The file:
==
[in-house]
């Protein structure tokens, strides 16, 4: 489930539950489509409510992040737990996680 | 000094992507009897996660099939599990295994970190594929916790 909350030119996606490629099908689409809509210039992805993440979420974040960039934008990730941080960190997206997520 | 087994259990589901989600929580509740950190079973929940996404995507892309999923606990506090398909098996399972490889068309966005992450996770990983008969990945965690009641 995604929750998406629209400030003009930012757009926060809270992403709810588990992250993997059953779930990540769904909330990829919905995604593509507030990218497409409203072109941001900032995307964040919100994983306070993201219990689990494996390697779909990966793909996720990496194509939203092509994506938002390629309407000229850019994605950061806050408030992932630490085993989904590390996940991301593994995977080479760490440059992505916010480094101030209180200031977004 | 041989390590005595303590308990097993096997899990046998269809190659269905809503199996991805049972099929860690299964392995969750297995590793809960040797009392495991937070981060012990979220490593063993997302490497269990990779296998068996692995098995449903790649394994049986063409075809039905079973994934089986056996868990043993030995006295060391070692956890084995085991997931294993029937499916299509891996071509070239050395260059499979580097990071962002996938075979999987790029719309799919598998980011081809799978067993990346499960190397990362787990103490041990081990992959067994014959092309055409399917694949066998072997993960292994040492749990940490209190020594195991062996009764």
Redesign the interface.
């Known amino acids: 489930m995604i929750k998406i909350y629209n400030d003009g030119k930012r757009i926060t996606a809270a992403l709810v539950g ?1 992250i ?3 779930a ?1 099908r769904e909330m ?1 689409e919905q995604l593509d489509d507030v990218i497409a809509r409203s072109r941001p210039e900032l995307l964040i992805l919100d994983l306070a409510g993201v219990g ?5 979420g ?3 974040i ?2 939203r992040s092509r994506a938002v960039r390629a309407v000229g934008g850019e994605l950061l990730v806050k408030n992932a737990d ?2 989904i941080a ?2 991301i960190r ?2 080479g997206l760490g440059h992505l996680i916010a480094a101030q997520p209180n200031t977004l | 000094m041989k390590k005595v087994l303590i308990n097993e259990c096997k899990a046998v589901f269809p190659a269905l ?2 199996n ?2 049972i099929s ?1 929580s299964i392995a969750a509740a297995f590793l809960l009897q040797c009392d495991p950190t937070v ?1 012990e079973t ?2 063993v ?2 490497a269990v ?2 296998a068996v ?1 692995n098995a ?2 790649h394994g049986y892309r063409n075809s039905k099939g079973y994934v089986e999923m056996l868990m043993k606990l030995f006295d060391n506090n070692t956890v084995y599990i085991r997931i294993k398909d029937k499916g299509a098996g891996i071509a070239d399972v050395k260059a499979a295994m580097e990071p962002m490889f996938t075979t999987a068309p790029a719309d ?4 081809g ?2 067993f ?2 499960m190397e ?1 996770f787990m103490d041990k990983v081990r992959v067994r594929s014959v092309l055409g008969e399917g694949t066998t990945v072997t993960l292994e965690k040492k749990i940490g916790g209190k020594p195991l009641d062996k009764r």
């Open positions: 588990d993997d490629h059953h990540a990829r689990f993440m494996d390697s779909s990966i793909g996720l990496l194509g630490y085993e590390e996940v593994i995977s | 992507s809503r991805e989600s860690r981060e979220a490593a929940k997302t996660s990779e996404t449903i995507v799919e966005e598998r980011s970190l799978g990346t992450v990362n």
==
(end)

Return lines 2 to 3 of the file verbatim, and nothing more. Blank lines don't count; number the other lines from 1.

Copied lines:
């Protein structure tokens, strides 16, 4: 489930539950489509409510992040737990996680 | 000094992507009897996660099939599990295994970190594929916790 909350030119996606490629099908689409809509210039992805993440979420974040960039934008990730941080960190997206997520 | 087994259990589901989600929580509740950190079973929940996404995507892309999923606990506090398909098996399972490889068309966005992450996770990983008969990945965690009641 995604929750998406629209400030003009930012757009926060809270992403709810588990992250993997059953779930990540769904909330990829919905995604593509507030990218497409409203072109941001900032995307964040919100994983306070993201219990689990494996390697779909990966793909996720990496194509939203092509994506938002390629309407000229850019994605950061806050408030992932630490085993989904590390996940991301593994995977080479760490440059992505916010480094101030209180200031977004 | 041989390590005595303590308990097993096997899990046998269809190659269905809503199996991805049972099929860690299964392995969750297995590793809960040797009392495991937070981060012990979220490593063993997302490497269990990779296998068996692995098995449903790649394994049986063409075809039905079973994934089986056996868990043993030995006295060391070692956890084995085991997931294993029937499916299509891996071509070239050395260059499979580097990071962002996938075979999987790029719309799919598998980011081809799978067993990346499960190397990362787990103490041990081990992959067994014959092309055409399917694949066998072997993960292994040492749990940490209190020594195991062996009764």
Redesign the interface.